Current protein family modeling methods can be roughly divided into three categories: sequence homology-based methods, alignment-free methods, and machine learning-based methods. These are briefly described below.

Sequence homology-based methods

Protein sequence homology is the sequence similarity due to ancestry between proteins. While protein sequences may change in the course of evolution, the homologous segments (i.e. the segments conserved by evolution) are responsible for bio-molecular function with some exceptions (i.e. in some cases homologous segments may be responsible for different function) [9,10,11]. Many methods have been developed for detecting sequence similarity. The Smith–Waterman algorithm [12] based on dynamic programming is one of the earliest and more fundamental methods. When used with an affine gap penalty, this algorithm has cubic time complexity with respect to sequence length and thus is inefficient for comparing a query protein sequence to a large database of reference sequences. So methods such as BLAST [13] use heuristics to selectively compare a test protein sequence to only a subset of reference sequences in the database, where the subset consists of reference sequences having a sufficient number of exact short substring matches to the test sequence. Although pairwise sequence alignment provides valuable information, it is still a difficult task to accurately predict protein functions from these alignments. Hence, approaches that model an entire protein family based on multiple sequence alignment of the family were introduced. The pHMM (profile Hidden Markov Model) [14] is a very successful example of these, and the popular protein family database Pfam [15] uses pHMM to model the families. Other methods based on sequence alignment information include GOtcha [16] which uses term-specific probabilities to predict proteins from sequence alignment, GOblet [17] which provides different databases to choose and align sequences with a user-specified threshold to annotate unknown sequence, and OntoBlast [18] which provides a weighted list of sequences of a similar function using BLAST search.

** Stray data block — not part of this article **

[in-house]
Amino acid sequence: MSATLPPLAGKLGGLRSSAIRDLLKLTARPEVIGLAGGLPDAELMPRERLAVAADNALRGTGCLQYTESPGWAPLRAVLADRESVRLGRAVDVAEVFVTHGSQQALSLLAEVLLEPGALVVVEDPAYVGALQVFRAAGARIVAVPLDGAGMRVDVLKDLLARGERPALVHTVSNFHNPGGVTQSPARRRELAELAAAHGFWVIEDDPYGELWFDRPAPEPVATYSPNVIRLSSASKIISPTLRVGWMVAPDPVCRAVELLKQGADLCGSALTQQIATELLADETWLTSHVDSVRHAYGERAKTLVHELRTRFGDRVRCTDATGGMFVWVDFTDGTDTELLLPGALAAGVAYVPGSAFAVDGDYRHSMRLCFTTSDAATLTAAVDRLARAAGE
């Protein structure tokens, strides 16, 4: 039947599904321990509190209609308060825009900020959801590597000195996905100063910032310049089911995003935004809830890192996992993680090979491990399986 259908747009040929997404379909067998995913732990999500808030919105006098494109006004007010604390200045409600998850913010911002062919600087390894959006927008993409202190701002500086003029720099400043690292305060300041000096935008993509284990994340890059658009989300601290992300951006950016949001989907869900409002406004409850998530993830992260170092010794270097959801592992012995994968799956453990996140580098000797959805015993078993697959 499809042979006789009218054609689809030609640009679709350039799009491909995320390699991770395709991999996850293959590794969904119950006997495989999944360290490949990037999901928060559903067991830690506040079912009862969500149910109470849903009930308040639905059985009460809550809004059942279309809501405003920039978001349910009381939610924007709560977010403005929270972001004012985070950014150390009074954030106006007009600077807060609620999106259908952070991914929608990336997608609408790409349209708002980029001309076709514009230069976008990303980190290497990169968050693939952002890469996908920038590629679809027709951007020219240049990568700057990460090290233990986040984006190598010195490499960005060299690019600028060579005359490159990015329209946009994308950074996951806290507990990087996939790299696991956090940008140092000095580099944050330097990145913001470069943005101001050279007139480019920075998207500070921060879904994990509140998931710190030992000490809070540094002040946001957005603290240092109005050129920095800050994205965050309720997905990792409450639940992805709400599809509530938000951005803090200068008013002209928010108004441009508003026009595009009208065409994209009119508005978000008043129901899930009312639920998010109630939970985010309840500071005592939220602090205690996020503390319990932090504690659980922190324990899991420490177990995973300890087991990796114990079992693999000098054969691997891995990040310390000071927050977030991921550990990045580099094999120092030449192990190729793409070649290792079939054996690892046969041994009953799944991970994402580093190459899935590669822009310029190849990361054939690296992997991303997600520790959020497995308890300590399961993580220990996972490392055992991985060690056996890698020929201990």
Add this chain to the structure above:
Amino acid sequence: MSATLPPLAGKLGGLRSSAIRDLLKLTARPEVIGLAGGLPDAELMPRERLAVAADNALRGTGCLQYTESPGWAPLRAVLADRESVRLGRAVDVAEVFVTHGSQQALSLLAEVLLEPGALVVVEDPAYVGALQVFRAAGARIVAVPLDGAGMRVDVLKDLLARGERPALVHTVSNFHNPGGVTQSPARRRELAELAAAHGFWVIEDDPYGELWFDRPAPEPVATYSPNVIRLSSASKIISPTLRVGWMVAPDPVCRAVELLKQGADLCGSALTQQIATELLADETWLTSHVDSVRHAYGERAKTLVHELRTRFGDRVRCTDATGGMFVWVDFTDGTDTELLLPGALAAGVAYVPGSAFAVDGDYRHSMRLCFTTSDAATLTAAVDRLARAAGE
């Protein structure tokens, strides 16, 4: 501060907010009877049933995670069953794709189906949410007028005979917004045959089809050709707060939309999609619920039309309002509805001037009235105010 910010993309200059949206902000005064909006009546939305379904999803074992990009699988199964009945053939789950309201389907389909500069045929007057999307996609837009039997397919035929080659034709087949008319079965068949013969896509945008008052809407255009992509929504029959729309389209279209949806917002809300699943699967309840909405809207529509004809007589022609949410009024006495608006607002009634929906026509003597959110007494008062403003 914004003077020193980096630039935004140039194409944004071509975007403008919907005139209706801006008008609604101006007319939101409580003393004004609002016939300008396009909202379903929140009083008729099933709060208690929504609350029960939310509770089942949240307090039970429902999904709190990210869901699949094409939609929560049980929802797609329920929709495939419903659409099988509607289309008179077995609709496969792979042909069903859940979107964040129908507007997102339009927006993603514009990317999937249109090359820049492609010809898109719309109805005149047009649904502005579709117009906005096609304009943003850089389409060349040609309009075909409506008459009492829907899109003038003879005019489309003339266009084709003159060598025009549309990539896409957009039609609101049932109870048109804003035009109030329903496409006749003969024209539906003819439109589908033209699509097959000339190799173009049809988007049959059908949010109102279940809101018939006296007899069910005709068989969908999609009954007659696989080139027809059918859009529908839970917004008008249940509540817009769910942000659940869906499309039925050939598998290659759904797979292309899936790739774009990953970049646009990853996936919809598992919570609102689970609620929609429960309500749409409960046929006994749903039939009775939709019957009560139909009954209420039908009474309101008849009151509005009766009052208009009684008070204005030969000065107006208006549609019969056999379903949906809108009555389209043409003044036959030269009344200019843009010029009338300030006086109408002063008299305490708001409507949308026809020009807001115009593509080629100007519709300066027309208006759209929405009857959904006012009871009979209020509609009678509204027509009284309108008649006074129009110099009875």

Alignment-free methods

Researchers have also developed alignment-free methods to annotate protein sequences. One of the approaches is to use word frequency of amino acids in the sequences as features to model the families [19]. Another strategy that uses oligomer distances as features along with remote homology detection, shows better performance than some alignment-based methods [20]. There are also many methods that use additional information, such as protein-protein interaction data, to annotate proteins [21,22,23].

Machine learning-based method